A recent study design was published in Pilot and Feasibility Studies with its aim to explore the benefits of supplementing counseling for mental health with a well-being app for university students.
Mental wellbeing has been of increasing concern on university campuses. In this unique environment, counselors face the challenge of providing short-term therapy to students with busy academic schedules. To enhance the effectiveness of one-on-one therapy, researchers propose a study design, which aims to explore whether the use of well-being apps can effectively supplement therapy in improving mental wellbeing among university students.
The study design proposes the use of two groups: 1) students who use counseling and the well-being app and 2) students who only attend therapy. The intention is to compare whether these two groups show any differences in terms of improvement in students’ levels of anxiety and depression. Students would be required to complete questionnaires in order to obtain an anxiety score and a depression score, both before psychological intervention, and after.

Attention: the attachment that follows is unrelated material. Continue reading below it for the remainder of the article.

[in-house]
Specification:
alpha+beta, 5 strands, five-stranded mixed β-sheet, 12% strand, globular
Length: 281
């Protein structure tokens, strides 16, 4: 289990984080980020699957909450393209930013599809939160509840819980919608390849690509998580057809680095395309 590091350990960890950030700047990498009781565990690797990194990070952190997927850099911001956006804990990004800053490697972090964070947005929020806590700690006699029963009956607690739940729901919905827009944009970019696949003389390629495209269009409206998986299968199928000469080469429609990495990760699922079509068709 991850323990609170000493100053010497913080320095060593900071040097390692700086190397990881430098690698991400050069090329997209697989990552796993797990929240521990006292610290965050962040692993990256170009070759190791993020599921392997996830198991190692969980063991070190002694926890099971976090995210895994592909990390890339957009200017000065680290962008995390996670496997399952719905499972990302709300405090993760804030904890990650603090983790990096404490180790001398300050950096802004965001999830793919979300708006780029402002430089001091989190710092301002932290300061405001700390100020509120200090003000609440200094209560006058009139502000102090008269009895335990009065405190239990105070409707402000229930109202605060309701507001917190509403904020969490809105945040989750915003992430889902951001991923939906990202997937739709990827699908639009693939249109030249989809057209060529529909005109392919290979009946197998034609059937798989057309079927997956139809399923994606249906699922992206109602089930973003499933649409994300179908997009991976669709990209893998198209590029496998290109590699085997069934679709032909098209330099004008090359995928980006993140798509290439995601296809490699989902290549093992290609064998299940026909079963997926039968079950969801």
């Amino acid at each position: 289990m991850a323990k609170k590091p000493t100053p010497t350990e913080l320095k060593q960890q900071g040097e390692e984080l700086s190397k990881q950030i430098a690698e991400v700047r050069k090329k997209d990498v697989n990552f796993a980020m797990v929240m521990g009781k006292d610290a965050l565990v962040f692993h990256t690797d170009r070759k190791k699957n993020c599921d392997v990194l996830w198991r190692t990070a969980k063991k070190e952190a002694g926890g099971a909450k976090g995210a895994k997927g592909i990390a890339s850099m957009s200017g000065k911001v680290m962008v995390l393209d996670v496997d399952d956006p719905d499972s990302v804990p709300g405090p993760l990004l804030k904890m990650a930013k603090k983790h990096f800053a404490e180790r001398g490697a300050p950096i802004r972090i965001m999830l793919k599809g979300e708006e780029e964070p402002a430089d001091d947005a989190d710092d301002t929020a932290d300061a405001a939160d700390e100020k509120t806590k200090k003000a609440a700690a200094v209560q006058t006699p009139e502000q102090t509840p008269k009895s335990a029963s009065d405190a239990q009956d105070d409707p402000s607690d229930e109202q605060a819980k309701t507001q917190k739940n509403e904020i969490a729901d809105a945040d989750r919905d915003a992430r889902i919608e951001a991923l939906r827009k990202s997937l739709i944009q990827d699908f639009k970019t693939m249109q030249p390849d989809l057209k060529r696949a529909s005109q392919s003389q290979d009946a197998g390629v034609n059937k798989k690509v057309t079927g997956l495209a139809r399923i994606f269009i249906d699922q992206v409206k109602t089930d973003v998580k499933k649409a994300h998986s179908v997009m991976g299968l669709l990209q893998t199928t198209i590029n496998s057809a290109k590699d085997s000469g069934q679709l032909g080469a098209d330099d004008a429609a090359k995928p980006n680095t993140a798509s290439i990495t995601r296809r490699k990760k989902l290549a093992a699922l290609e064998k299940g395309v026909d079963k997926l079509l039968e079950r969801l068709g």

The implications of this type of study may yield a novel approach to counseling university students. The supplementary use of well-being apps may improve the effectiveness of counseling, and thus provide a feasible solution to improving psychological wellbeing among students.
As university students face challenges in acquiring necessary mental health resources due to long waitlists, and the need for help during off hours (ie. holidays, weekends, and evenings), proposing the use of an easily accessible application may improve student mental health.
Written By: Nicole Pinto, HBSc